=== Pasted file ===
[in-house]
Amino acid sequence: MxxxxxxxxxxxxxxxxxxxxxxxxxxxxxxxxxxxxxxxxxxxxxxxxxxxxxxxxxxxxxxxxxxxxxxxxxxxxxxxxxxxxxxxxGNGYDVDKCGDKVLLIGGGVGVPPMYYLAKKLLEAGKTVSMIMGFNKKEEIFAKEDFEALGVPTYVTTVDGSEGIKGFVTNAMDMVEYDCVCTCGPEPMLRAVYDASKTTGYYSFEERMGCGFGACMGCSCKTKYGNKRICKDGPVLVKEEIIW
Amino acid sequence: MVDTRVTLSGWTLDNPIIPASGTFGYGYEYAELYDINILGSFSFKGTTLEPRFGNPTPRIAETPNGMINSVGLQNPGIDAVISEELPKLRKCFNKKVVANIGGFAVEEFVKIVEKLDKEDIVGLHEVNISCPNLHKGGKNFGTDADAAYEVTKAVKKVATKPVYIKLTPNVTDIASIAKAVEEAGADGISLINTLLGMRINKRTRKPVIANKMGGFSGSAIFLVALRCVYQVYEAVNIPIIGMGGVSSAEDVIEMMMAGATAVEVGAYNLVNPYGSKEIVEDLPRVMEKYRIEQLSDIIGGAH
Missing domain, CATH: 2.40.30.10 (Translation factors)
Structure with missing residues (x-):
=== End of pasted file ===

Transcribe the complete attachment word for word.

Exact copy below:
[in-house]
Amino acid sequence: MxxxxxxxxxxxxxxxxxxxxxxxxxxxxxxxxxxxxxxxxxxxxxxxxxxxxxxxxxxxxxxxxxxxxxxxxxxxxxxxxxxxxxxxxGNGYDVDKCGDKVLLIGGGVGVPPMYYLAKKLLEAGKTVSMIMGFNKKEEIFAKEDFEALGVPTYVTTVDGSEGIKGFVTNAMDMVEYDCVCTCGPEPMLRAVYDASKTTGYYSFEERMGCGFGACMGCSCKTKYGNKRICKDGPVLVKEEIIW
Amino acid sequence: MVDTRVTLSGWTLDNPIIPASGTFGYGYEYAELYDINILGSFSFKGTTLEPRFGNPTPRIAETPNGMINSVGLQNPGIDAVISEELPKLRKCFNKKVVANIGGFAVEEFVKIVEKLDKEDIVGLHEVNISCPNLHKGGKNFGTDADAAYEVTKAVKKVATKPVYIKLTPNVTDIASIAKAVEEAGADGISLINTLLGMRINKRTRKPVIANKMGGFSGSAIFLVALRCVYQVYEAVNIPIIGMGGVSSAEDVIEMMMAGATAVEVGAYNLVNPYGSKEIVEDLPRVMEKYRIEQLSDIIGGAH
Missing domain, CATH: 2.40.30.10 (Translation factors)
Structure with missing residues (x-):